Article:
Scientists achieve world first by following a thought through the human brain

WHY THIS MATTERS IN BRIEF

If we are ever going to unravel the mysteries of the mind, and help find new treatments for cognitive diseases, we first have to understand how the brain works.

 

A study using epilepsy patients undergoing surgery has given neuroscientists an opportunity to track in unprecedented detail the movement of a thought through the human brain, all the way from inspiration to response.

 

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The findings confirm the role of the prefrontal cortex as the coordinator of complex interactions between different regions, linking our perception with action and serving as what can be considered the “glue of cognition”.

Previous efforts to measure the passing of information from one area to the other have relied on processes such as Electroencephalography (EEG) or functional Magnetic Resonance Imaging (fMRI), the latter of which is now commonly used by researchers using Artificial Intelligence (AI) techniques to read people’s minds, and pull images and movies and more out of their heads, but neither of these two techniques provide that much detail into, specifically, the inner workings of the brain.

 

Tracking thoughts through the brain

 

The study led by researchers from the University of California recorded the electrical activity of neurons using a precise technique called Electrocorticography (ECoG).

This required hundreds of tiny electrodes to be placed right up against the subjects cortex, providing more spatial detail than EEG and improving the resolution in time of fMRI.

 

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While this poses an unethical level of risk for your average volunteer, patients undergoing surgery for epilepsy have their brain activity monitored in this very way, giving the researchers a perfect chance to conduct a few tests.

Each of the 16 test subjects performed a number of tasks varied to suit their individual arrangement of electrodes, all while having their neural activity monitored and tracked.

Participants were required to listen to a stimulus and respond, or watch images of faces or animals on a screen and asked to perform an action.

Some tasks were more complex than others, for example, a simple action involved simply repeating a word, while a more complex version was to think of its antonym.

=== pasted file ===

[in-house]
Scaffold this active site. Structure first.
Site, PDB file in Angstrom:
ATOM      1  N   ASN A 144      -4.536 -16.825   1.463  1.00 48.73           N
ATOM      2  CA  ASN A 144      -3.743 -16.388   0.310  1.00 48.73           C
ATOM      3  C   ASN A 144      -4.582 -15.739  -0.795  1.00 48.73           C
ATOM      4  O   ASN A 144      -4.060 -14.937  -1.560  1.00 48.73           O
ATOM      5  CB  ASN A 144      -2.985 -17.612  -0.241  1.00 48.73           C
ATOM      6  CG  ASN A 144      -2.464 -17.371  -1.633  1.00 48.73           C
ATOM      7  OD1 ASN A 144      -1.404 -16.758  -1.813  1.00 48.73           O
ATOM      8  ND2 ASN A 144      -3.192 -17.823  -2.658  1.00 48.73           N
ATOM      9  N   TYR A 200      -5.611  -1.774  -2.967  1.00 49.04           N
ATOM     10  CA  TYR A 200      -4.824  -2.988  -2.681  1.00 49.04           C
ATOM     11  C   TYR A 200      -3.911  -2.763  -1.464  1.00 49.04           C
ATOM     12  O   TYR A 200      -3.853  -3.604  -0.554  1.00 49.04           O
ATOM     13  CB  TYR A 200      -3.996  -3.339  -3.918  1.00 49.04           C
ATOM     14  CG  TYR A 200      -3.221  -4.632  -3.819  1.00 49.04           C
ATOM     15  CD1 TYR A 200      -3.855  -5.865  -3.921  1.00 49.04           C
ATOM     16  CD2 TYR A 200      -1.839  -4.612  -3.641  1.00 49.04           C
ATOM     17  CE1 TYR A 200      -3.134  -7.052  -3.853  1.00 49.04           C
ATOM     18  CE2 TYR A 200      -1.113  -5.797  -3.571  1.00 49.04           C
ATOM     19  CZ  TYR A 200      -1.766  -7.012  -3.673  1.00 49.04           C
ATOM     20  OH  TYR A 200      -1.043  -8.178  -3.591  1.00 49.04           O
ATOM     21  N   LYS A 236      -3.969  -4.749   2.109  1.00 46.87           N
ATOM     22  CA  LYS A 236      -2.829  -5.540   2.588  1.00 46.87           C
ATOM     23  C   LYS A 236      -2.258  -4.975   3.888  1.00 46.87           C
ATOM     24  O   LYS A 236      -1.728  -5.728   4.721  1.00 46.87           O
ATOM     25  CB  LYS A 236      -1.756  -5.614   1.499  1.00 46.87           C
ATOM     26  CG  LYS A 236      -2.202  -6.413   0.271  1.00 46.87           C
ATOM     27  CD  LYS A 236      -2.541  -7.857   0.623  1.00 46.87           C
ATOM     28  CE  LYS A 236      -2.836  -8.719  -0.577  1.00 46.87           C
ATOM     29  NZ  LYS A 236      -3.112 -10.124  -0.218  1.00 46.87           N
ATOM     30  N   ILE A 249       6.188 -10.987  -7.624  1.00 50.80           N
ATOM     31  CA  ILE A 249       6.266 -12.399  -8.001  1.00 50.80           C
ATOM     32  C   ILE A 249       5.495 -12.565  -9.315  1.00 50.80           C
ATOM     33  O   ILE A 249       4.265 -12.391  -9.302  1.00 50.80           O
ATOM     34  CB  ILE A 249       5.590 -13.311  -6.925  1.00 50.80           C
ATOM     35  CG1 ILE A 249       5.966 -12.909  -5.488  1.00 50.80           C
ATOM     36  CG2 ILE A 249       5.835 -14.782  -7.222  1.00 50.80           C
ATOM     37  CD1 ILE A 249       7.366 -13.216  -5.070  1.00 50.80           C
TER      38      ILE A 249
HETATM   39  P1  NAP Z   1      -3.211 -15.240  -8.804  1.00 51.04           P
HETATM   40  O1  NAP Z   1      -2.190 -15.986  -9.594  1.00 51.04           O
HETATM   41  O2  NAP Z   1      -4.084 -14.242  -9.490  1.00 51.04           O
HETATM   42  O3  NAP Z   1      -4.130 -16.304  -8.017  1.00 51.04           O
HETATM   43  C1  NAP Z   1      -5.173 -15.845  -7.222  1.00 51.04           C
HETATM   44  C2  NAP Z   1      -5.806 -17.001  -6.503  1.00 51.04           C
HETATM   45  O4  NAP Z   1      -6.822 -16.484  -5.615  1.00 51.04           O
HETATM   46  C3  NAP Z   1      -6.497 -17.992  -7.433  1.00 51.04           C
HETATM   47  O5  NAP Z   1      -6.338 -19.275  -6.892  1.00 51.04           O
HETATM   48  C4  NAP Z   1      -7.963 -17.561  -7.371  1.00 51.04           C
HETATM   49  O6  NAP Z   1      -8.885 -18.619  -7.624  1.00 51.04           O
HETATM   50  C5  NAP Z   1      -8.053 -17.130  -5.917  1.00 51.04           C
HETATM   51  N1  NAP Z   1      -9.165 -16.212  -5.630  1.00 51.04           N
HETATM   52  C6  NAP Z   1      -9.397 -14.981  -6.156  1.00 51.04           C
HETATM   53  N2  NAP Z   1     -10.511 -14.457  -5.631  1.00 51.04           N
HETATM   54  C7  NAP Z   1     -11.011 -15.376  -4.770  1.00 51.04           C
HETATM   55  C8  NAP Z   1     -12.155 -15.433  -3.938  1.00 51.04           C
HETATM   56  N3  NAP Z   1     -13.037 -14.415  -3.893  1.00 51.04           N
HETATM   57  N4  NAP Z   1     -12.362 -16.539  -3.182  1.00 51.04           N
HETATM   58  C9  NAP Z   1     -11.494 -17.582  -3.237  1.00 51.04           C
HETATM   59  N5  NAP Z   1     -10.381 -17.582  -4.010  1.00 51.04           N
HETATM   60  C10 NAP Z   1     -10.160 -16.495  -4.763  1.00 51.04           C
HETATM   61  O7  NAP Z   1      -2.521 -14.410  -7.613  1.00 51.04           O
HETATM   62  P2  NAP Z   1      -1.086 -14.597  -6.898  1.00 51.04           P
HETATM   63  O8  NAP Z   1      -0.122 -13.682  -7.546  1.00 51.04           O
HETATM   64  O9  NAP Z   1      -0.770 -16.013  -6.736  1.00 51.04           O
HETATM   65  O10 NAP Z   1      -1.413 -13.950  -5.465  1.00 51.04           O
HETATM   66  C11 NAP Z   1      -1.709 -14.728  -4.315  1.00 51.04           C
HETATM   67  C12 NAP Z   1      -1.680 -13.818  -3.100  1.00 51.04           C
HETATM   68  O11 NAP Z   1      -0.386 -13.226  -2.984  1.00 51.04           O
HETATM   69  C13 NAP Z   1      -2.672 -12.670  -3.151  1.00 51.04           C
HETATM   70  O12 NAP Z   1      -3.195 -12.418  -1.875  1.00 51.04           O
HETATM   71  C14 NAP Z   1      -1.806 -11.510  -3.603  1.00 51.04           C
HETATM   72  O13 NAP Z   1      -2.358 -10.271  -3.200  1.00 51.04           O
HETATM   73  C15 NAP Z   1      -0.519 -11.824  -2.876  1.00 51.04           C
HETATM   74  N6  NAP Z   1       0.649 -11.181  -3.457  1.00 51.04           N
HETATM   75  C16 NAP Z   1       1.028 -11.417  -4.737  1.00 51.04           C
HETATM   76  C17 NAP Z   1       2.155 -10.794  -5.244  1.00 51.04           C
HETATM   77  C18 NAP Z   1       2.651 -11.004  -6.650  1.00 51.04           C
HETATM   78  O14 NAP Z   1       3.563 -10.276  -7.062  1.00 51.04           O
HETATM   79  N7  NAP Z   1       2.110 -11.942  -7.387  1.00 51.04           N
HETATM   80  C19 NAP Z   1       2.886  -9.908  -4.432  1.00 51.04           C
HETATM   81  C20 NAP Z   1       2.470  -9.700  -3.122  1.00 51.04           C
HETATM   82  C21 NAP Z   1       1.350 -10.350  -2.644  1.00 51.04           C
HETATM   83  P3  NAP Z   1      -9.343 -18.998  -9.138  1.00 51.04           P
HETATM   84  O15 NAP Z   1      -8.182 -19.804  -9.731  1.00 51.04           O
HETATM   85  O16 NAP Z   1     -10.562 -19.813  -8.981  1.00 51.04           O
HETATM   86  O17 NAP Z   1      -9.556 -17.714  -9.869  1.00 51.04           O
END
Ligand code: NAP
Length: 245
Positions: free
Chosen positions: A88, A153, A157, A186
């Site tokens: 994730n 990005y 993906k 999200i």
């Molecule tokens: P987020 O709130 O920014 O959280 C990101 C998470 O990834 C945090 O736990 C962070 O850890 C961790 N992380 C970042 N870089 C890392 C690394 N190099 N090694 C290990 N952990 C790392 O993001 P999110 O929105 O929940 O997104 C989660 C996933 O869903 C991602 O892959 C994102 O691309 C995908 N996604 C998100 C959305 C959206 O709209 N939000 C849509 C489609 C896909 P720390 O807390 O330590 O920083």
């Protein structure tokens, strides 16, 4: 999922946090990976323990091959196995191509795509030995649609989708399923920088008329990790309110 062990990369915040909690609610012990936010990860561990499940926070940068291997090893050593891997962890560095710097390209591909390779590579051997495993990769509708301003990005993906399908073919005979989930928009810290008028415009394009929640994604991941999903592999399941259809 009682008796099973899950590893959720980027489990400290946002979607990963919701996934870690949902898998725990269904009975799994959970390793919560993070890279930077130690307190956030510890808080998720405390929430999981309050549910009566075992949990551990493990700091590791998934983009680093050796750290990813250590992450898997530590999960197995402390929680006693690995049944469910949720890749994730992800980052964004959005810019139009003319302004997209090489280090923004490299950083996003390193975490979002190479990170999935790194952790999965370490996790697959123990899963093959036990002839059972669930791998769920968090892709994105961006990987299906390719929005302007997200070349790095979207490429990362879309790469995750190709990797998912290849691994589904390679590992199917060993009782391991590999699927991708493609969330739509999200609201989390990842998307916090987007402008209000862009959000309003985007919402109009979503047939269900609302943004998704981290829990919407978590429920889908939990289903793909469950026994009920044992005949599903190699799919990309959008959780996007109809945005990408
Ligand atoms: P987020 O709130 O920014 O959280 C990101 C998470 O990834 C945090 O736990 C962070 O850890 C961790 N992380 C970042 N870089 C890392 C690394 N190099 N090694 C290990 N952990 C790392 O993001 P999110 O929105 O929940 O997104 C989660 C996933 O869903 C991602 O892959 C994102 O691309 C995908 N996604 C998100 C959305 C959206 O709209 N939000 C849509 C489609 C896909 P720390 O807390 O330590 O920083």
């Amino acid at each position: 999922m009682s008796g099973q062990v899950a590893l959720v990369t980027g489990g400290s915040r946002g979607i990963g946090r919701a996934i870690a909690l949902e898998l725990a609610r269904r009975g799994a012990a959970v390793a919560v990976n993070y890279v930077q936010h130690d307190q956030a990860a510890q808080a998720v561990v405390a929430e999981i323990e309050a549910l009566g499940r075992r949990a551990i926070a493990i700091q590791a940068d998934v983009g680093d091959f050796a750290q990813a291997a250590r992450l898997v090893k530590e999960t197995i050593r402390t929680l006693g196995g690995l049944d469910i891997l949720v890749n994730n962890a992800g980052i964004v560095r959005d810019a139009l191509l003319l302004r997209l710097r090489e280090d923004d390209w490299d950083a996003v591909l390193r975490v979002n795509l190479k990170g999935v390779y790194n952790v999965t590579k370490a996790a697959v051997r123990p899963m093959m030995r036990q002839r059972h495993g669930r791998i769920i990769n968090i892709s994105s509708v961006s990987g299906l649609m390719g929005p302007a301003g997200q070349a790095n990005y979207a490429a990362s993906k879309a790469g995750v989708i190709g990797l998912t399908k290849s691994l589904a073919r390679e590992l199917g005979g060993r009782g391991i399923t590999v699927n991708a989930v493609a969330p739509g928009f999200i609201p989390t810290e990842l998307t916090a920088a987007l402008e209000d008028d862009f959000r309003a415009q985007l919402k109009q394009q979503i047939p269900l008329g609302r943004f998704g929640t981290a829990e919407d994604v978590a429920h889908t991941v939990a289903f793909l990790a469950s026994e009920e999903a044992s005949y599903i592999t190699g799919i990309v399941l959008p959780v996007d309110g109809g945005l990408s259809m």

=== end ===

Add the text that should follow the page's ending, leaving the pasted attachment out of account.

Researchers monitored the split-second movement of electrical activity from one area, such as areas associated with interpreting auditory stimuli, to the prefrontal cortex, to areas required to shape an action, such as the motor cortex.

 

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While none of this threw up any surprises, the results clearly emphasised the role of the prefrontal cortex in directing activity.

For some tasks its input was fairly limited. In others the area was required to work hard, managing signals from multiple parts of the brain to coordinate the recognition of words, possibly dredging up memories before setting to work a bunch of muscles to provide a novel answer.

“These very selective studies have found that the frontal cortex is the orchestrator, linking things together for a final output,” says neuroscientist Robert Knight from UC Berkeley, “it’s the glue of cognition.”

The prefrontal cortex was seen to remain active throughout most of the thought process, as would be expected for a multitasking region of the brain, and the quicker the handoff from one area to the other, the faster people responded to a stimulus.

 

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“fMRI studies often find that when a task gets progressively harder, we see more activity in the brain, and the prefrontal cortex in particular,” says the study’s lead author Avgusta Shestyuk, “here, we are able to see that this is not because the neurons are working really, really hard and firing all the time, but rather, more areas of the cortex are getting recruited.”

What did come as something of a surprise were details on the precise timing of each area. Some of the responding areas lit up remarkably early, often during the stimulus, suggesting that even before we have a complete response handy, our brain is already getting those parts of the cortex ready for action.

“This might explain why people sometimes say things before they think,” suggests Shestyuk.

This research was published in Nature Human Behaviour.

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